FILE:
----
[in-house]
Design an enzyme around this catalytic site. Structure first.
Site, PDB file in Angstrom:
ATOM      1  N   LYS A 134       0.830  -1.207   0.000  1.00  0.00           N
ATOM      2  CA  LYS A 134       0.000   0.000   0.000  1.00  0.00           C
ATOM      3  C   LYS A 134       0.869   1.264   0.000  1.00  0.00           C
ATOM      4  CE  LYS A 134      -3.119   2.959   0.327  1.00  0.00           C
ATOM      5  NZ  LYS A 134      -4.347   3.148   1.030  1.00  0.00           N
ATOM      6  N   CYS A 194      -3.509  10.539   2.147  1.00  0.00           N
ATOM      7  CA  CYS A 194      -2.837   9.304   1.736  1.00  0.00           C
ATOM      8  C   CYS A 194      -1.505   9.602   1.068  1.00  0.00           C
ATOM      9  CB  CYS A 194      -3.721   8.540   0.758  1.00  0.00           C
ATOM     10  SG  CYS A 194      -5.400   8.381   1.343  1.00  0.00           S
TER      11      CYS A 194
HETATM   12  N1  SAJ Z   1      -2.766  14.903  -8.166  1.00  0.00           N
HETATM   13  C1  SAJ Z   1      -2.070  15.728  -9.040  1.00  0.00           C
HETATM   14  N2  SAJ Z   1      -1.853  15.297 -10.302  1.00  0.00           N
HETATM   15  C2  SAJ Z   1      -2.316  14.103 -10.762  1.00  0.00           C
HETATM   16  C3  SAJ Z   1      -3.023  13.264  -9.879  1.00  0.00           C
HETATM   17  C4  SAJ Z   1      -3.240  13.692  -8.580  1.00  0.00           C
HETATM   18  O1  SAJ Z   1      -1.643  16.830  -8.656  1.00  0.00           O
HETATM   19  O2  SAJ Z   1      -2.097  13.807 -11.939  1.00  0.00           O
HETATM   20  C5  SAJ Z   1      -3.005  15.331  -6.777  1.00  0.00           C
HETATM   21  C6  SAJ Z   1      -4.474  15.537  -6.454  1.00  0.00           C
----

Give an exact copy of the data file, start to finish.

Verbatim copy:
[in-house]
Design an enzyme around this catalytic site. Structure first.
Site, PDB file in Angstrom:
ATOM      1  N   LYS A 134       0.830  -1.207   0.000  1.00  0.00           N
ATOM      2  CA  LYS A 134       0.000   0.000   0.000  1.00  0.00           C
ATOM      3  C   LYS A 134       0.869   1.264   0.000  1.00  0.00           C
ATOM      4  CE  LYS A 134      -3.119   2.959   0.327  1.00  0.00           C
ATOM      5  NZ  LYS A 134      -4.347   3.148   1.030  1.00  0.00           N
ATOM      6  N   CYS A 194      -3.509  10.539   2.147  1.00  0.00           N
ATOM      7  CA  CYS A 194      -2.837   9.304   1.736  1.00  0.00           C
ATOM      8  C   CYS A 194      -1.505   9.602   1.068  1.00  0.00           C
ATOM      9  CB  CYS A 194      -3.721   8.540   0.758  1.00  0.00           C
ATOM     10  SG  CYS A 194      -5.400   8.381   1.343  1.00  0.00           S
TER      11      CYS A 194
HETATM   12  N1  SAJ Z   1      -2.766  14.903  -8.166  1.00  0.00           N
HETATM   13  C1  SAJ Z   1      -2.070  15.728  -9.040  1.00  0.00           C
HETATM   14  N2  SAJ Z   1      -1.853  15.297 -10.302  1.00  0.00           N
HETATM   15  C2  SAJ Z   1      -2.316  14.103 -10.762  1.00  0.00           C
HETATM   16  C3  SAJ Z   1      -3.023  13.264  -9.879  1.00  0.00           C
HETATM   17  C4  SAJ Z   1      -3.240  13.692  -8.580  1.00  0.00           C
HETATM   18  O1  SAJ Z   1      -1.643  16.830  -8.656  1.00  0.00           O
HETATM   19  O2  SAJ Z   1      -2.097  13.807 -11.939  1.00  0.00           O
HETATM   20  C5  SAJ Z   1      -3.005  15.331  -6.777  1.00  0.00           C
HETATM   21  C6  SAJ Z   1      -4.474  15.537  -6.454  1.00  0.00           C